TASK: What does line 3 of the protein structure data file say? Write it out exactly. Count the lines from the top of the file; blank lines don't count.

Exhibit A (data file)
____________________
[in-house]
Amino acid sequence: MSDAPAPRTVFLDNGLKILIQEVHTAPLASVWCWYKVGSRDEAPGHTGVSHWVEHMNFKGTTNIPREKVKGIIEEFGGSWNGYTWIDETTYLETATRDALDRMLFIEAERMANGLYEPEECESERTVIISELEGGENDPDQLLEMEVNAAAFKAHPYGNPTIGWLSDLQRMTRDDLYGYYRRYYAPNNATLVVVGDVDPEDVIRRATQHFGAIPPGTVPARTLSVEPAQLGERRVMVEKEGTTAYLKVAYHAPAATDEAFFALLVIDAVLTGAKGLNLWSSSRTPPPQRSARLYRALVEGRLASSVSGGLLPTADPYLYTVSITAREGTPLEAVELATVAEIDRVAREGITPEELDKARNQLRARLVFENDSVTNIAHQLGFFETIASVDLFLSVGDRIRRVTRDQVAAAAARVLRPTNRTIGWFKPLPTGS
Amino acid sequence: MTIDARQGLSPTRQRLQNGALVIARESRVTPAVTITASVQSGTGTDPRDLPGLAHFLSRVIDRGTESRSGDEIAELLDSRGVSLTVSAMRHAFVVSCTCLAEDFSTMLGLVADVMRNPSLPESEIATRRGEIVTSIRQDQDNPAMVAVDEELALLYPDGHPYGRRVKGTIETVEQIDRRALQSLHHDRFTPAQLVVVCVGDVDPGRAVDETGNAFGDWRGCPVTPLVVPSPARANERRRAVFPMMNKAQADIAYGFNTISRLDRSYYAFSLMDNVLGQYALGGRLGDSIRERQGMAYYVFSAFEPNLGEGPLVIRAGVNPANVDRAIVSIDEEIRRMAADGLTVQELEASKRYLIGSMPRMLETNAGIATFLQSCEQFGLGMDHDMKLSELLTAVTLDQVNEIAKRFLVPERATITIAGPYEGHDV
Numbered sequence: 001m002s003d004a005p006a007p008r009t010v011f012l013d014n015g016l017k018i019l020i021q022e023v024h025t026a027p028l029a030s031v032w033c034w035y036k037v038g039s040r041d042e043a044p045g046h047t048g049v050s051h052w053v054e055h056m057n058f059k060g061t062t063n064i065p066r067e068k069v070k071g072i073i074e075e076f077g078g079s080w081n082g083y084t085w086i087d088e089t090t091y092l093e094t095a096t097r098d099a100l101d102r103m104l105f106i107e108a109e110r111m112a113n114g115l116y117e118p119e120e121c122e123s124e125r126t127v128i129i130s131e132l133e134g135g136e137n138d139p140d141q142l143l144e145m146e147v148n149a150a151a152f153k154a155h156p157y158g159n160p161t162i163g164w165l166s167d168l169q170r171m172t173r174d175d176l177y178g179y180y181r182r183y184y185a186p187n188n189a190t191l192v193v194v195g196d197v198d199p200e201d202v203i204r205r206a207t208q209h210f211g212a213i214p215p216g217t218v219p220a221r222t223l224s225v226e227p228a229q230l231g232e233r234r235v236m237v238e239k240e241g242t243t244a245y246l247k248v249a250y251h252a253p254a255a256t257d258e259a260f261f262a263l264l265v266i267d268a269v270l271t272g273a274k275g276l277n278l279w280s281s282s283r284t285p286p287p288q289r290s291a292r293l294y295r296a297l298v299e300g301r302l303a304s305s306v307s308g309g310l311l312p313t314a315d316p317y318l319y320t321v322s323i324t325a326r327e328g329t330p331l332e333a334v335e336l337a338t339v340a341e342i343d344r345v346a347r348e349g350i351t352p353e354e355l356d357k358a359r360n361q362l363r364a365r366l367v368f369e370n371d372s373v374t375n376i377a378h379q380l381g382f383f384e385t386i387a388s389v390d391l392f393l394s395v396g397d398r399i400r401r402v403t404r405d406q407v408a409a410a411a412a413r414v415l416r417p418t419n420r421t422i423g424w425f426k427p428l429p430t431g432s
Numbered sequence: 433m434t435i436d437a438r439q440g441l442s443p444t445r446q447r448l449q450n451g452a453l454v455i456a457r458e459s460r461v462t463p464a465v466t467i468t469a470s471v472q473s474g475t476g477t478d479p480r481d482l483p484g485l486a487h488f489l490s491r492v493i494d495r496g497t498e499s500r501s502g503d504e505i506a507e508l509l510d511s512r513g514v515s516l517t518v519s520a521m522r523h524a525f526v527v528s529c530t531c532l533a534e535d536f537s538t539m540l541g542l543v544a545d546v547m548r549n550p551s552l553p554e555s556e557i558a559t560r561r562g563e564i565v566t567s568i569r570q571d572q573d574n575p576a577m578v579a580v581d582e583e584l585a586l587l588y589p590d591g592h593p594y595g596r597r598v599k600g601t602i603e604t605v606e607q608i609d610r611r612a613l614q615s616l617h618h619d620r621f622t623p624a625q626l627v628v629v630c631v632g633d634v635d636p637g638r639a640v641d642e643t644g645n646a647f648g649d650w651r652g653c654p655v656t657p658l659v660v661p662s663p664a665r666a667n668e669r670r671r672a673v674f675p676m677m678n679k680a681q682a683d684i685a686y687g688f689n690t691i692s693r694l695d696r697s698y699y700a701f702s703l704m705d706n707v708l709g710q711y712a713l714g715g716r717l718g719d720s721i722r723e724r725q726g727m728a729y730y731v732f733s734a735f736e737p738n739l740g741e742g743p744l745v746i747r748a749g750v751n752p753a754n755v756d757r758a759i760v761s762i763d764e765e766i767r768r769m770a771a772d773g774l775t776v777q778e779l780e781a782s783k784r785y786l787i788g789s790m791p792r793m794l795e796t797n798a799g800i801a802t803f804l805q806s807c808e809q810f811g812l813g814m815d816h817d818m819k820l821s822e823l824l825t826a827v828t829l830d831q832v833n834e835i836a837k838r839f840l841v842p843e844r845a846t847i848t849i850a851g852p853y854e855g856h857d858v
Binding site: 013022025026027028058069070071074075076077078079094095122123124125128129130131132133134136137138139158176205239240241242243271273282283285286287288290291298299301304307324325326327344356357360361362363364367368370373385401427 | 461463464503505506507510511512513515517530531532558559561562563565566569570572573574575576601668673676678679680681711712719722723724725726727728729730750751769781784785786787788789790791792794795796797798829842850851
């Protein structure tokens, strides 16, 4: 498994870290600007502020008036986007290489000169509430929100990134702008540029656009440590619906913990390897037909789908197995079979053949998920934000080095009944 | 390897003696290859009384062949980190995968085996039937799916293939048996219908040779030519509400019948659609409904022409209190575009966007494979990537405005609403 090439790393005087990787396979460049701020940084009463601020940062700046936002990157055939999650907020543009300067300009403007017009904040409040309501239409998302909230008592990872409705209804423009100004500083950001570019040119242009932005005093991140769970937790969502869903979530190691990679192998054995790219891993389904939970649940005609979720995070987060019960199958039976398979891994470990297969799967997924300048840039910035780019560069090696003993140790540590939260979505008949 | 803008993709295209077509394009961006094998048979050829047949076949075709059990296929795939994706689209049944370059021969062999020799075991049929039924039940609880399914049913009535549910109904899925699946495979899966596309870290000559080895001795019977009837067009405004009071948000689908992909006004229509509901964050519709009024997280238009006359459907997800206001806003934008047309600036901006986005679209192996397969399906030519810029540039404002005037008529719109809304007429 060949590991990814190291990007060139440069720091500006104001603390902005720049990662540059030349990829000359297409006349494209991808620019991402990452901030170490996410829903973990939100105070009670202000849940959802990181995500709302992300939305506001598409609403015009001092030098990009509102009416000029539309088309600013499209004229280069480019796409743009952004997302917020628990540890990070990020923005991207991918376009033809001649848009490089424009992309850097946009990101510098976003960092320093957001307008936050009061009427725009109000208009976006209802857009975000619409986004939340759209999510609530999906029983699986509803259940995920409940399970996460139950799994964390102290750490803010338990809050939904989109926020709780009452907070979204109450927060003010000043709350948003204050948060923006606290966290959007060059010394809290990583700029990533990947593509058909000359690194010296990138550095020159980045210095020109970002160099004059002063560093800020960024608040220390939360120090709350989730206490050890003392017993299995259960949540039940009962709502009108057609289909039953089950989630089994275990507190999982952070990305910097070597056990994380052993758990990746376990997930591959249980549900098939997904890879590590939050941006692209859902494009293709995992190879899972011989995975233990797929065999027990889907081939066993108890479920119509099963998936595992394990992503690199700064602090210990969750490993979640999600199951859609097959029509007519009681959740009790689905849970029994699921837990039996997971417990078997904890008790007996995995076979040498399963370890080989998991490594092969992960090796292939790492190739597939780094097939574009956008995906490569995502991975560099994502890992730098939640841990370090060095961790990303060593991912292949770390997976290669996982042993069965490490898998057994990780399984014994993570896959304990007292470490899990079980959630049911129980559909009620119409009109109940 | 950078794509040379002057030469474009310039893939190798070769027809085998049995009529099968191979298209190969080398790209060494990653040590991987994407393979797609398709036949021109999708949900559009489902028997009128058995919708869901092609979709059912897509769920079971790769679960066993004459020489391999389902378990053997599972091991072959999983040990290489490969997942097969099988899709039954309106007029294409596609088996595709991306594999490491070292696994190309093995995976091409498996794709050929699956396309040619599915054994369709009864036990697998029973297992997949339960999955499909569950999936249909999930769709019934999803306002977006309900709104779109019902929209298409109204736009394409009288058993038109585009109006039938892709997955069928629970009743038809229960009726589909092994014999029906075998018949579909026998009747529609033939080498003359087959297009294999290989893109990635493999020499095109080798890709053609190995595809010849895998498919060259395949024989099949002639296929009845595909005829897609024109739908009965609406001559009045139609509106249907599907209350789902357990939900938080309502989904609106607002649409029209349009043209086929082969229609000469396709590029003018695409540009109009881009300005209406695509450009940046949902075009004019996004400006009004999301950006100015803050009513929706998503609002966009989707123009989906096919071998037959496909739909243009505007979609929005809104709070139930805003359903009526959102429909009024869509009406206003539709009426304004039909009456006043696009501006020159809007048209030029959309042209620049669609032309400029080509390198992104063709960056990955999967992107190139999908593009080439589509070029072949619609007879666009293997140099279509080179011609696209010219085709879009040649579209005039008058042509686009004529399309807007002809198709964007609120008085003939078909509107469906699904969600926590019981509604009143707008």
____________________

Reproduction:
Amino acid sequence: MTIDARQGLSPTRQRLQNGALVIARESRVTPAVTITASVQSGTGTDPRDLPGLAHFLSRVIDRGTESRSGDEIAELLDSRGVSLTVSAMRHAFVVSCTCLAEDFSTMLGLVADVMRNPSLPESEIATRRGEIVTSIRQDQDNPAMVAVDEELALLYPDGHPYGRRVKGTIETVEQIDRRALQSLHHDRFTPAQLVVVCVGDVDPGRAVDETGNAFGDWRGCPVTPLVVPSPARANERRRAVFPMMNKAQADIAYGFNTISRLDRSYYAFSLMDNVLGQYALGGRLGDSIRERQGMAYYVFSAFEPNLGEGPLVIRAGVNPANVDRAIVSIDEEIRRMAADGLTVQELEASKRYLIGSMPRMLETNAGIATFLQSCEQFGLGMDHDMKLSELLTAVTLDQVNEIAKRFLVPERATITIAGPYEGHDV